Second, Helton’s career home/road splits are dramatic. He posted a .345/.441/.607 slash line and hit 227 of his 369 career homers at Coors Field. Helton’s road numbers were solid — .287/.386/.469 with 142 home runs — but not spectacular. But consider this: Helton’s career .855 OPS away from Coors Field is better than the road marks of several Hall of Famers, including Dave Winfield (.841), Eddie Murray (.838), Rickey Henderson (.836), Tony Gwynn (.835), Al Kaline (.827) and George Brett (.825).
Sabermetric pioneer Bill James weighed in on the Helton debate in his 2019 Baseball Handbook.
“Helton’s numbers … are SO good that nobody knows what to do with them,” James wrote. “Helton played not only in a very high-run era, but also in a hitter’s paradise. People know intuitively that his numbers are misleading and you need to let some of the air out of them, but they don’t know intuitively how much.
“(But) even if you adjust for the context, Todd Helton was a Hall of Famer.”
Rockies owner Dick Monfort, who remains close to Helton, also believes the first baseman’s numbers are worthy of Cooperstown, but that’s not the only reason he wants to see him inducted into the Hall of Fame.
“We all know the rigors of playing at Coors Field and in Denver,” said Monfort, who made the decision to retire Helton’s No. 17. “We all know that it challenges you when you play seven games in Denver and then have to play seven games somewhere else, and it’s easy to let that get into your head and make you complain.
“But a true, consummate Hall of Fame player never lets that get in his way. You never look for excuses. You go out and pack your lunch bucket and you go play. Todd was all of that. Probably more so than anybody we have ever had in the organization. Todd was the face of this franchise and he made us proud.”
Helton’s Hall of Fame Case
Todd Helton played his entire 17-year career with the Rockies, batting .316, with 2,519 hits, 592 doubles, 369 home runs, 1,401 runs and 1,406 RBIs. He won the 2000 National League batting title with a .372 average while leading the league in slugging percentage (.698), on-base (.463) and OPS (1.162). He finished in the top 10 of NL MVP voting three times (2000, ’01 and ’03), was a five-time all-star selection and won three Gold Gloves as a first baseman. Some key statistics that could land Helton in the Hall of Fame:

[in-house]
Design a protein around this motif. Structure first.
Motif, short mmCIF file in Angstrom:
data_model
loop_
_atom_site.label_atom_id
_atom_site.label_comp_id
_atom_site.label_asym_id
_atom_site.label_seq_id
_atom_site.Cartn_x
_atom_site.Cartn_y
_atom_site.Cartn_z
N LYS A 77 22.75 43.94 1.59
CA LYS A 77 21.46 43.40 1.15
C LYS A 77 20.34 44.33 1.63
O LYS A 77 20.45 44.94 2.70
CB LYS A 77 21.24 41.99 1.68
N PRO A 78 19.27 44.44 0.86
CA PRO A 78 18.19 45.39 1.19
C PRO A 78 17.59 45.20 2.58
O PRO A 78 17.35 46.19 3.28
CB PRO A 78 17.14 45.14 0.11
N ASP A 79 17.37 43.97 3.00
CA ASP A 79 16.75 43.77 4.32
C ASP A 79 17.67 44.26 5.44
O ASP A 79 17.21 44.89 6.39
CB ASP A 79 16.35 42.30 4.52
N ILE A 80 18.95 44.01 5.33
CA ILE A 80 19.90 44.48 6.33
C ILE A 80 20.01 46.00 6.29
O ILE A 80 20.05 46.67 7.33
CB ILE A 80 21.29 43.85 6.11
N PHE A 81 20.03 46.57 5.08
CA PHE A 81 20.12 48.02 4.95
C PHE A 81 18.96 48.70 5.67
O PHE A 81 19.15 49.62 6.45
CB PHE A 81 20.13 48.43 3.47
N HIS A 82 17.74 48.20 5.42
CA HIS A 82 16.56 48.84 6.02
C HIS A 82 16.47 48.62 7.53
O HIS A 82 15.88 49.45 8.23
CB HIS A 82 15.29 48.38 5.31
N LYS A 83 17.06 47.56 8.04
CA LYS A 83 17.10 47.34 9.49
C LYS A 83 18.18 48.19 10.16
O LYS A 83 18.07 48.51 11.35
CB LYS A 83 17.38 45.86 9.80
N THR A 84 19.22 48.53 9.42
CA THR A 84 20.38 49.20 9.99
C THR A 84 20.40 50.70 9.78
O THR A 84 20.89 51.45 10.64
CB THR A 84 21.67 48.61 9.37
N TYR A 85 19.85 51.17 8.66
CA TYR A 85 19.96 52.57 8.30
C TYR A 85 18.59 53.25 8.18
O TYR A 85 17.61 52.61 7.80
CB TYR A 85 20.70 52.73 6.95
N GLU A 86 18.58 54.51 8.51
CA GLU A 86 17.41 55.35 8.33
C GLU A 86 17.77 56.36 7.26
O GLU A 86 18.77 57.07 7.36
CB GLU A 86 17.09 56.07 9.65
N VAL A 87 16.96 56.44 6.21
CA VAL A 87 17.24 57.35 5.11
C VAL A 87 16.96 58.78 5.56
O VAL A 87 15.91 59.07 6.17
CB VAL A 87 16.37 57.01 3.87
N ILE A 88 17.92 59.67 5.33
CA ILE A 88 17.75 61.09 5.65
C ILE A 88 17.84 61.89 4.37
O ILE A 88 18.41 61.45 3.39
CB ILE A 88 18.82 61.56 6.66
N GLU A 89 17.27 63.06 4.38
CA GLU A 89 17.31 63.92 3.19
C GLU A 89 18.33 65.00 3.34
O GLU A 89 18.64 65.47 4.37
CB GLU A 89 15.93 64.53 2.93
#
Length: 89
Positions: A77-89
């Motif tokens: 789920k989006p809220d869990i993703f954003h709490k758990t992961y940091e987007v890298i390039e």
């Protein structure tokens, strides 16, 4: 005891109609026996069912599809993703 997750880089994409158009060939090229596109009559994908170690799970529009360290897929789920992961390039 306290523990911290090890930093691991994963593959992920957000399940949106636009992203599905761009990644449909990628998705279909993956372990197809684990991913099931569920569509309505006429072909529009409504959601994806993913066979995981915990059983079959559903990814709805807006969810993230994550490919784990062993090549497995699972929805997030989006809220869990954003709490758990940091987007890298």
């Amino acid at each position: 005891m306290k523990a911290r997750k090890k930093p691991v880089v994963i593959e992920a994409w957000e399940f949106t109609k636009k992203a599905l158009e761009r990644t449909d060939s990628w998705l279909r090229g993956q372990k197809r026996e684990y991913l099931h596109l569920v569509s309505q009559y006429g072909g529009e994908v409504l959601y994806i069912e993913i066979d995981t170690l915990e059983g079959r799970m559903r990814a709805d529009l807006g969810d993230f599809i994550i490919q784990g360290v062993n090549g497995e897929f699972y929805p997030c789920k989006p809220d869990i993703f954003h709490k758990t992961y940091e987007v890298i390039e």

* Career OPS of .953 is 19th best in MLB history
* 592 career doubles ranks 19th all-time
* 998 extra-base hits ranks 40th all-time
* First player ever to record 35 doubles per season for 10 consecutive seasons
* From 1997-2013, led all NL first basemen with 2,247 games played
* 1,726 career assists are the second most for a first baseman all-time
* 2,038 double plays turned are the third most for a first baseman all-time
* Led NL in double plays turned by a first baseman six times
— Patrick Saunders, The Denver Post
Coors Field Factor
There is no doubt that Todd Helton was more productive at hitter-friendly Coors Field than he was on the road. That fact is likely to hurt his Hall of Fame chances among some voters. It should be noted, however, that Helton’s career road OPS of .855 is higher than the career road OPS of many Hall of Famers, including Dave Winfield, Eddie Murray, Tony Gwynn, Andre Dawson, Paul Molitor, Wade Boggs, Jim Rice and Harold Baines. Here are his career home/road splits: